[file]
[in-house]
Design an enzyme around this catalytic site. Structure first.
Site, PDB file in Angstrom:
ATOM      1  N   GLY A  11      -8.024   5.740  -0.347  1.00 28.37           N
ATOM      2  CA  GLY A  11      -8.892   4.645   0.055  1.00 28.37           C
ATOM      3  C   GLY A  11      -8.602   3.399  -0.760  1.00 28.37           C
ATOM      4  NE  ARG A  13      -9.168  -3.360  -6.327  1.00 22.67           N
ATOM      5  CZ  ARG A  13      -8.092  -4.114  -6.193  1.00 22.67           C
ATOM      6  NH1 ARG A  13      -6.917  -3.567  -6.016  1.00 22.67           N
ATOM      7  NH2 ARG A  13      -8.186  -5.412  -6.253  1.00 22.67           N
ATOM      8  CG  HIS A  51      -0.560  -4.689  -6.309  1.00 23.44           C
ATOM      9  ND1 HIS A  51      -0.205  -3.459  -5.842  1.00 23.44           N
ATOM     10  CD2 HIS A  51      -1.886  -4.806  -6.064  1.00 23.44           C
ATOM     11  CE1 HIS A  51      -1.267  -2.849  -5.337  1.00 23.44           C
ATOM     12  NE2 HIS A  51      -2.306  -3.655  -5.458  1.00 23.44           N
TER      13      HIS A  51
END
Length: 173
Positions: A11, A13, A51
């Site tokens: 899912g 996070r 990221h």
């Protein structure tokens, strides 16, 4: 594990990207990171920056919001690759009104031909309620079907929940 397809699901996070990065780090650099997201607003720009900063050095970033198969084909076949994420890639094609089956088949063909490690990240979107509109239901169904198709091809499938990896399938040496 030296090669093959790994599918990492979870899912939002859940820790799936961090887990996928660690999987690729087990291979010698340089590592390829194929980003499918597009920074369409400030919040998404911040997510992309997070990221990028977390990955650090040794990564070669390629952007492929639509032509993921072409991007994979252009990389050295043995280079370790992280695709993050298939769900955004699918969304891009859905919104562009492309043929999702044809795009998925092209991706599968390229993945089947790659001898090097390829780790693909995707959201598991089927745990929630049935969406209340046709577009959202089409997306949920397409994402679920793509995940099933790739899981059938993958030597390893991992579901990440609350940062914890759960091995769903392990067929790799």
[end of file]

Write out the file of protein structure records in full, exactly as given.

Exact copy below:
[in-house]
Design an enzyme around this catalytic site. Structure first.
Site, PDB file in Angstrom:
ATOM      1  N   GLY A  11      -8.024   5.740  -0.347  1.00 28.37           N
ATOM      2  CA  GLY A  11      -8.892   4.645   0.055  1.00 28.37           C
ATOM      3  C   GLY A  11      -8.602   3.399  -0.760  1.00 28.37           C
ATOM      4  NE  ARG A  13      -9.168  -3.360  -6.327  1.00 22.67           N
ATOM      5  CZ  ARG A  13      -8.092  -4.114  -6.193  1.00 22.67           C
ATOM      6  NH1 ARG A  13      -6.917  -3.567  -6.016  1.00 22.67           N
ATOM      7  NH2 ARG A  13      -8.186  -5.412  -6.253  1.00 22.67           N
ATOM      8  CG  HIS A  51      -0.560  -4.689  -6.309  1.00 23.44           C
ATOM      9  ND1 HIS A  51      -0.205  -3.459  -5.842  1.00 23.44           N
ATOM     10  CD2 HIS A  51      -1.886  -4.806  -6.064  1.00 23.44           C
ATOM     11  CE1 HIS A  51      -1.267  -2.849  -5.337  1.00 23.44           C
ATOM     12  NE2 HIS A  51      -2.306  -3.655  -5.458  1.00 23.44           N
TER      13      HIS A  51
END
Length: 173
Positions: A11, A13, A51
């Site tokens: 899912g 996070r 990221h």
């Protein structure tokens, strides 16, 4: 594990990207990171920056919001690759009104031909309620079907929940 397809699901996070990065780090650099997201607003720009900063050095970033198969084909076949994420890639094609089956088949063909490690990240979107509109239901169904198709091809499938990896399938040496 030296090669093959790994599918990492979870899912939002859940820790799936961090887990996928660690999987690729087990291979010698340089590592390829194929980003499918597009920074369409400030919040998404911040997510992309997070990221990028977390990955650090040794990564070669390629952007492929639509032509993921072409991007994979252009990389050295043995280079370790992280695709993050298939769900955004699918969304891009859905919104562009492309043929999702044809795009998925092209991706599968390229993945089947790659001898090097390829780790693909995707959201598991089927745990929630049935969406209340046709577009959202089409997306949920397409994402679920793509995940099933790739899981059938993958030597390893991992579901990440609350940062914890759960091995769903392990067929790799």